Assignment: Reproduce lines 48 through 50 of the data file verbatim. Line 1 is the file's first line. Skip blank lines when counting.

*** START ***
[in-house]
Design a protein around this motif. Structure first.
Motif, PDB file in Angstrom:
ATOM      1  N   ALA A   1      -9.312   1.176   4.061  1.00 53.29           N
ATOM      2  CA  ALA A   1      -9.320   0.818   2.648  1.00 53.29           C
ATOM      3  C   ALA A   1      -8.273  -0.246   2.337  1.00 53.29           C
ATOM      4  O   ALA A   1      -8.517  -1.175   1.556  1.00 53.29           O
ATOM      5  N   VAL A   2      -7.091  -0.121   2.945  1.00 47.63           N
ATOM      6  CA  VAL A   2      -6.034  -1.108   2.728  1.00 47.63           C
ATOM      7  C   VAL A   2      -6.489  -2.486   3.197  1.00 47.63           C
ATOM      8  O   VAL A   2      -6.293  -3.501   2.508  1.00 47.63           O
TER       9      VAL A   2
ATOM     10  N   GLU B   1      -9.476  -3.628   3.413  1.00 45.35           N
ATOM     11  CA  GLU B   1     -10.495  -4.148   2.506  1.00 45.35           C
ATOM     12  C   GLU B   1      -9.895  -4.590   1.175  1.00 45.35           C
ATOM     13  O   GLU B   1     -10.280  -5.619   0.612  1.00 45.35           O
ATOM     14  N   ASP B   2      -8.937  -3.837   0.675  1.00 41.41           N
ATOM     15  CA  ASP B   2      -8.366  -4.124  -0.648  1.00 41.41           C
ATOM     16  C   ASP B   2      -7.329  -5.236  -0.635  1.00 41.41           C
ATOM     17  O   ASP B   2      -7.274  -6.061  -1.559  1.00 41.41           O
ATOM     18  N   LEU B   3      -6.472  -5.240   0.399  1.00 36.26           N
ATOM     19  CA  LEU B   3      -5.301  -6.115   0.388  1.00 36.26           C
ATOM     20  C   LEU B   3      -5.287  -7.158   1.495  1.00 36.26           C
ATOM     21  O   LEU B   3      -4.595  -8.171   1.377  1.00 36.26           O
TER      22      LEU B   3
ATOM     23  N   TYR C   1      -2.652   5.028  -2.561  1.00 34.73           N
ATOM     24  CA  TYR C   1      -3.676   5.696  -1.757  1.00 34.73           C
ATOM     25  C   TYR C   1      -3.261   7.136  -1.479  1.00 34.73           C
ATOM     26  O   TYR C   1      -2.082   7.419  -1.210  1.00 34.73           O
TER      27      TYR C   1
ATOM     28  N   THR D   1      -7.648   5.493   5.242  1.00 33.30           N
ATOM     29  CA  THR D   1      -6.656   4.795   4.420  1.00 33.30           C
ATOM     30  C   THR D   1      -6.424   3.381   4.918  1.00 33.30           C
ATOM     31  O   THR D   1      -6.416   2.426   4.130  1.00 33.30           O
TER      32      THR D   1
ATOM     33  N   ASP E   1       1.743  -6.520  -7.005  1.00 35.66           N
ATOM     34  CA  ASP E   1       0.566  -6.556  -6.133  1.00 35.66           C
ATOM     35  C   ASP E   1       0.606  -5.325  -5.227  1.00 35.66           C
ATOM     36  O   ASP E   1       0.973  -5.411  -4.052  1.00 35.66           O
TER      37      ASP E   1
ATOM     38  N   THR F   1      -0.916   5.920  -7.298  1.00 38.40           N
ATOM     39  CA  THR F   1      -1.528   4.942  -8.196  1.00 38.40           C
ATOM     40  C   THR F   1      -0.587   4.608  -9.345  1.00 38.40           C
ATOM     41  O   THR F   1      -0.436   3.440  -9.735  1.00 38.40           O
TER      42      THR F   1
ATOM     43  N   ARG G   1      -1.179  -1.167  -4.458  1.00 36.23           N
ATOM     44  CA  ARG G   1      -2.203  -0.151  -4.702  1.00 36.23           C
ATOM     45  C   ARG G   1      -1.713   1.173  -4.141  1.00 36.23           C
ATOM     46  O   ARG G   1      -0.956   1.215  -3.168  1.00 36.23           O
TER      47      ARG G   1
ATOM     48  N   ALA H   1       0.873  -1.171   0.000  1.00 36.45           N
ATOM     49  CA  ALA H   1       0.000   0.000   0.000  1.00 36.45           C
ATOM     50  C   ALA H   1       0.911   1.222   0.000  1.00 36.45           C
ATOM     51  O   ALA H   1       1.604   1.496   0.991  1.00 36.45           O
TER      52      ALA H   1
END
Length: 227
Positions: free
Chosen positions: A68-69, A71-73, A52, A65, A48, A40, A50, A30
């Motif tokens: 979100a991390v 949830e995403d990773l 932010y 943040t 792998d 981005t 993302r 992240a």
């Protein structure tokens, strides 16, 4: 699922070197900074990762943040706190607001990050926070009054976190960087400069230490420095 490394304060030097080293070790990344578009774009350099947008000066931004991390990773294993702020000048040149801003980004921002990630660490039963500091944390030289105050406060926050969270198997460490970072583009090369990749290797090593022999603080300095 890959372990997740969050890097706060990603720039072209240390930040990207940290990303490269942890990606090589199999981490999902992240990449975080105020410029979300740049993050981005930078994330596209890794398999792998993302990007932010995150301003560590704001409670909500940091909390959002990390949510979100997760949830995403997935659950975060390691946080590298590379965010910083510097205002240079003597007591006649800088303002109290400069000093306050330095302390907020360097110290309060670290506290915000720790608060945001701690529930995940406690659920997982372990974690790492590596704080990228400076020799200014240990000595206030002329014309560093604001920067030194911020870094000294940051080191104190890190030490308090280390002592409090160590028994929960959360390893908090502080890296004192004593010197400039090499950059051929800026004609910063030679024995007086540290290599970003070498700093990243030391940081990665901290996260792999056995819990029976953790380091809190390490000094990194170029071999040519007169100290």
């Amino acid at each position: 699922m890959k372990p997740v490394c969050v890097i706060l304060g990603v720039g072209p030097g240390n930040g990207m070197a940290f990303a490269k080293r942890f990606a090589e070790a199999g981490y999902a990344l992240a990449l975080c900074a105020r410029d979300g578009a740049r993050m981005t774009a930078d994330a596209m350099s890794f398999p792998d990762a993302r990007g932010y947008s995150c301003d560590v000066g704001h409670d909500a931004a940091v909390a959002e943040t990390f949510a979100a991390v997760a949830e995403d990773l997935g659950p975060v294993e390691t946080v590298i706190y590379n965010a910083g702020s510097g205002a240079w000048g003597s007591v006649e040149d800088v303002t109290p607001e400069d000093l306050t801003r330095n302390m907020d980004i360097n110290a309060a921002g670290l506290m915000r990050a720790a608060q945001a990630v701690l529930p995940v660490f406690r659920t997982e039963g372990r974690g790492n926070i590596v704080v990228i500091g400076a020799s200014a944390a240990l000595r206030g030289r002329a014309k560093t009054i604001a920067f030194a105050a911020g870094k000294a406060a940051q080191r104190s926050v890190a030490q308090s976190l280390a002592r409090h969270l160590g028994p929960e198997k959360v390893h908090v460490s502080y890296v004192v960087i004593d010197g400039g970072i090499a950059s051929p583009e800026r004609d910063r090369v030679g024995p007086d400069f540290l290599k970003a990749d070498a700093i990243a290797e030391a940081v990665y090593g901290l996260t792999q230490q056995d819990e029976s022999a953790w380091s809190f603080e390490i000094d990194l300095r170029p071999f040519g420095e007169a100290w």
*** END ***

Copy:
ATOM     45  C   ARG G   1      -1.713   1.173  -4.141  1.00 36.23           C
ATOM     46  O   ARG G   1      -0.956   1.215  -3.168  1.00 36.23           O
TER      47      ARG G   1